Upon the occurrence of any of said Events of Default and/or any other events deemed as an event of default by the Bank on the part of the Borrower in any of the Security Document:-


(c) the Bank shall in addition to the rights set out herein, be entitled (as equitable chargee) to attach the liabilities to any of the Borrower’s the Mortgagor’s … property or security (whether real or personal) and to lodge a caveat against any real property that may now or hereafter be registered against the Borrower’s the Mortgagor’s … name whether singly or jointly.

8 None of the three loans were disbursed even after a year. On the bank’s part, the reason for that was because the plaintiffs had not settled all the legal actions referred to in the facility letters. The plaintiffs, however, maintained that they had complied with the bank’s condition. Yet, the bank found their efforts wanting. As a result, the plaintiffs, who were by then frustrated and disgruntled with the bank, wrote to the bank on 7 October 2002 to terminate the banking facilities. Nothing turned on the rival views as to whether or not the condition to draw down was complied with. With the termination of the banking facilities, the bank claimed from the plaintiffs two different sets of fees. The first was for a total sum of $21,380.00 being the 1% cancellation fees. The second was for abortive legal fees totalling $4,476.05. The plaintiffs denied that they were liable to the bank for the fees as claimed. Between 21 October 2001 and early 2004, the plaintiffs repeatedly requested the bank to remove the caveats lodged, but the bank steadfastly refused to do so. The bank was told that the presence of the caveats prevented the plaintiffs from successfully securing alternative financing from other financial institutions. The bank maintained that it was compelled to leave the caveats on the land register to protect its interest in the properties pending payment of the cancellation and legal fees.

9 On 27 February 2004, the plaintiffs issued these proceedings. On 6 July 2004, the bank’s lawyers notified their counterparts that the caveats were withdrawn on 30 June 2004. However, the withdrawal was without prejudice to the bank’s position that it was right in the first place to lodge the caveats. By the time the applications came on for hearing before me, it was no longer necessary for the plaintiffs to seek an order that the caveats be removed. Pursuant to s 128 of the Land Titles Act (Cap 157, 2004 Rev Ed) (“the Act”), the plaintiffs duly sought an order that there be an inquiry as to the damages suffered by them for the period 21 October 2002 to 30 June 2004. It was still necessary to determine whether the caveats lodged against the three properties described above were wrongful or without reasonable cause as the bank at all material times had no caveatable interest in the three properties for cancellation and legal fees. It was argued that neither cancellation fee nor abortive legal fee was due and payable at the time of lodgment of the caveats, namely CV/27166J on 29 May 2001, CV/42696J on 14 September 2001 and CV/053540J on 10 December 2001. Before 7 October 2002, the plaintiffs did not object to the caveats as they anticipated disbursements of the loans. That acquiescence would have a bearing on the pecuniary loss recoverable, but not the specific argument relating to the bank’s caveatable interest. The pecuniary loss the plaintiffs sought was confined to the period of the bank’s refusal or failure to remove the caveats. It was common ground that by s 127(1) of the Act, the burden was on the bank as caveator to show why the bank was right not to have withdrawn the caveats between 21 October 2002 and 30 June 2004.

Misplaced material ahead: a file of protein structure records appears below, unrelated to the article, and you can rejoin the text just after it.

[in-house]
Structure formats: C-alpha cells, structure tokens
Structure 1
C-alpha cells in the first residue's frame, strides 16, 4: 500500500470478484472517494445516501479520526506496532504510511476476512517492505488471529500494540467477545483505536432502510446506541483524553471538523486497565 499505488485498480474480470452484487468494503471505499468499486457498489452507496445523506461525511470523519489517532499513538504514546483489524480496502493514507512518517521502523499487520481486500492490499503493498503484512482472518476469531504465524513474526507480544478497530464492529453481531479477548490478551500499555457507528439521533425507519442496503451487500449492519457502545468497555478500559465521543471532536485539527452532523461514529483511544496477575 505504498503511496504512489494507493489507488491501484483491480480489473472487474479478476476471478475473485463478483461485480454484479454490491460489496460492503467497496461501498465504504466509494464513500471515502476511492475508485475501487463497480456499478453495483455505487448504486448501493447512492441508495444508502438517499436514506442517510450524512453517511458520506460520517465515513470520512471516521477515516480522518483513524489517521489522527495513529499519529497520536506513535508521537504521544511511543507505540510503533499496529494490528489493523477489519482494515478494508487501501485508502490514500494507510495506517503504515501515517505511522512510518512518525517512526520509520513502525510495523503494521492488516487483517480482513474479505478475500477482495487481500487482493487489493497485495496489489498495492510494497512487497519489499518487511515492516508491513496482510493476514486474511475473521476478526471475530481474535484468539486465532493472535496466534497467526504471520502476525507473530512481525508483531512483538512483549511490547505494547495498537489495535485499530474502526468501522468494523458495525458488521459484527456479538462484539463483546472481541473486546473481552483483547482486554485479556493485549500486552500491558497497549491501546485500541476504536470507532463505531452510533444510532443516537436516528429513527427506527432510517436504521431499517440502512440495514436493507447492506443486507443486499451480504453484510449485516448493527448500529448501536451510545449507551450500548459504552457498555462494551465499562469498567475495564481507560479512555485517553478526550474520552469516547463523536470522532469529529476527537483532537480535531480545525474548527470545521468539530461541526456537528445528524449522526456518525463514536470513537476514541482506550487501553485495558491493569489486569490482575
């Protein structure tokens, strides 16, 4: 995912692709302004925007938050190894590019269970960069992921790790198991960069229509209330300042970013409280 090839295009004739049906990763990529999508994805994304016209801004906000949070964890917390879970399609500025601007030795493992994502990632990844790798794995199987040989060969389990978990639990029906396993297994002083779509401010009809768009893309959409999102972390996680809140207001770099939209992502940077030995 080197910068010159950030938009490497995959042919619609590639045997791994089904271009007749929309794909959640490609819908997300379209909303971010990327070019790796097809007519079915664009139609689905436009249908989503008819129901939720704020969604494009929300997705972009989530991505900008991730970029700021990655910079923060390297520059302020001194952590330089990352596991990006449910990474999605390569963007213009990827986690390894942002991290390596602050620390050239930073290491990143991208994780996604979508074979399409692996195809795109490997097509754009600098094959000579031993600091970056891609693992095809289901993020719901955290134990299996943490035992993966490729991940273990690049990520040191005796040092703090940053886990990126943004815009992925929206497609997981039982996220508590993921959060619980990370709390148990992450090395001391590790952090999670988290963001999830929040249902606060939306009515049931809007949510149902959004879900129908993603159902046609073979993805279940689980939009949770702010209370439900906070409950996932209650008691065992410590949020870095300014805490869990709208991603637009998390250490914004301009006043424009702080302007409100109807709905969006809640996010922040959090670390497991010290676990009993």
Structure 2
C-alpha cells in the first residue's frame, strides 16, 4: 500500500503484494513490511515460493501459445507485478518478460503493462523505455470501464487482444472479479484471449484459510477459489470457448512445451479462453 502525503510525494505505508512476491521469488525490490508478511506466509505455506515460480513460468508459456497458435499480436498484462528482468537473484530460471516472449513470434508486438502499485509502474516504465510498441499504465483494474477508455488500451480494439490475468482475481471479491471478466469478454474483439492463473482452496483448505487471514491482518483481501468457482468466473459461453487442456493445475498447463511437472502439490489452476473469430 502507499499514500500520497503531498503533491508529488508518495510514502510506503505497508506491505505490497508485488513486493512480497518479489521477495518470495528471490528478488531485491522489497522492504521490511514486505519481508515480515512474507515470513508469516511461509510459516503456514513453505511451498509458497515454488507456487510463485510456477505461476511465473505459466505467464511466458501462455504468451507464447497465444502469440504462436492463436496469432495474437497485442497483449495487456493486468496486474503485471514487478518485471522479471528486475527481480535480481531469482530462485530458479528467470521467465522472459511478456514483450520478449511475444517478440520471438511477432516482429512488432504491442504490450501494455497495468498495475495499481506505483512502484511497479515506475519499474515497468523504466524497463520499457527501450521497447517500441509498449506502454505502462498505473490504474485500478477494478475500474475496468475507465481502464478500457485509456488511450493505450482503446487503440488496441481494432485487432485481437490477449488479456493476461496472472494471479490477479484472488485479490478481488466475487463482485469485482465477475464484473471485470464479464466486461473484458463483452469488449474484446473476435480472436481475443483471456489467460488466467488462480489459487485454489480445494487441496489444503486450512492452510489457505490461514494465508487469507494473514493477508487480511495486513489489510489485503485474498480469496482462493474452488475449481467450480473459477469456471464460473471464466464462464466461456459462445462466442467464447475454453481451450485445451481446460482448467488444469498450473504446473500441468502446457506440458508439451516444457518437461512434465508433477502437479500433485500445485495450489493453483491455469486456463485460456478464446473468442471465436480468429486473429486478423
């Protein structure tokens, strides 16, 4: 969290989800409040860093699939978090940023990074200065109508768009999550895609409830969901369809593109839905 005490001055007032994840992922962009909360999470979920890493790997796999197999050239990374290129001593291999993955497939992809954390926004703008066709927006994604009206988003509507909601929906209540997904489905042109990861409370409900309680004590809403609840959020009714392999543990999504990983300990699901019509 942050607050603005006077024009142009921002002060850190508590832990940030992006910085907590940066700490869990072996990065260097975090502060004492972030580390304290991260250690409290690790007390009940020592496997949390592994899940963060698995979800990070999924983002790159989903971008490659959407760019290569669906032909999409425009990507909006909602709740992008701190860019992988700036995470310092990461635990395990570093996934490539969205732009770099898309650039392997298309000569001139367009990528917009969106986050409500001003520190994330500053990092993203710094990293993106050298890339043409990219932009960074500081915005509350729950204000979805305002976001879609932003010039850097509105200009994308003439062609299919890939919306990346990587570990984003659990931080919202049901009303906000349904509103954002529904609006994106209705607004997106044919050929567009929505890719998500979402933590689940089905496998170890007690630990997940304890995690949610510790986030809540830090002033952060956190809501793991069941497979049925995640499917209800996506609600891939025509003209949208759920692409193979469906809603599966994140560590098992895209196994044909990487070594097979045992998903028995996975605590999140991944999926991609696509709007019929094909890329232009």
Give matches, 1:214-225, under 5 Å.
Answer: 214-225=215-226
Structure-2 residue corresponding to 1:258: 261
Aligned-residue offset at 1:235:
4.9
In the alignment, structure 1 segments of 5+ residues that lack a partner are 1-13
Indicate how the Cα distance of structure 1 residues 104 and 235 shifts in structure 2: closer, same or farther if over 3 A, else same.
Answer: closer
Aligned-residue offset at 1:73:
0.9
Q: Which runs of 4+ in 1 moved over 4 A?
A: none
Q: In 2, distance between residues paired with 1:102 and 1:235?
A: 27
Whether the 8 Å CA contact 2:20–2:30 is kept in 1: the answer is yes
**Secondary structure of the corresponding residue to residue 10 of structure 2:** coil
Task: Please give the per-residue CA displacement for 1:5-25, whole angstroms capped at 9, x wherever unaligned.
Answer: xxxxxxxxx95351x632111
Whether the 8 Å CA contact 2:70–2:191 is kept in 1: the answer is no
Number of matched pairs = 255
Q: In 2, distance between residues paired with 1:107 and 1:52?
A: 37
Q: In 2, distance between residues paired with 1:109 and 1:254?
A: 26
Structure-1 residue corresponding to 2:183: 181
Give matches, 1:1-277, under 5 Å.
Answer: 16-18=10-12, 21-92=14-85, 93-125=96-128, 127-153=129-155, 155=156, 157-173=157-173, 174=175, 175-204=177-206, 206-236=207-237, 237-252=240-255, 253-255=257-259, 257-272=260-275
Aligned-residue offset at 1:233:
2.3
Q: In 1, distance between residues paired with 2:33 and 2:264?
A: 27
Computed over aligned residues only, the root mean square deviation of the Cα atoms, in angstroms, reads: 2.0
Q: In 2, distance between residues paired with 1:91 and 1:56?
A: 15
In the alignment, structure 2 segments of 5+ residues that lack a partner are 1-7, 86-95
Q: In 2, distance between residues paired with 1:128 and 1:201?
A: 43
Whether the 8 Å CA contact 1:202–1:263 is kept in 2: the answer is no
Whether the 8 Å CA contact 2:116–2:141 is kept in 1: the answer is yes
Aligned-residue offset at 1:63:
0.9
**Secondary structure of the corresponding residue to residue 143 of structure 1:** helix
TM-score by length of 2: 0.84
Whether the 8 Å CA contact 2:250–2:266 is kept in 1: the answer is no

10 According to the first affidavit of Ho Yee Foong, the product manager of the bank, the interest in land claimed by the bank stemmed from the plaintiffs’ failure to pay the cancellation and legal fees as that event of default triggered the provisions of cl 17.2(c) of the STC. The same position was maintained in his second affidavit where he again asserted that the defendant had a caveatable interest under cl 17 of the STC by reason of the plaintiffs’ failure to pay the cancellation fees and legal fees. Notably, nothing was said in his affidavits about the bank’s intention to immediately obtain an equitable mortgage over the respective properties upon the plaintiffs’ acceptance of the facility letters. I shall come back to this point later on.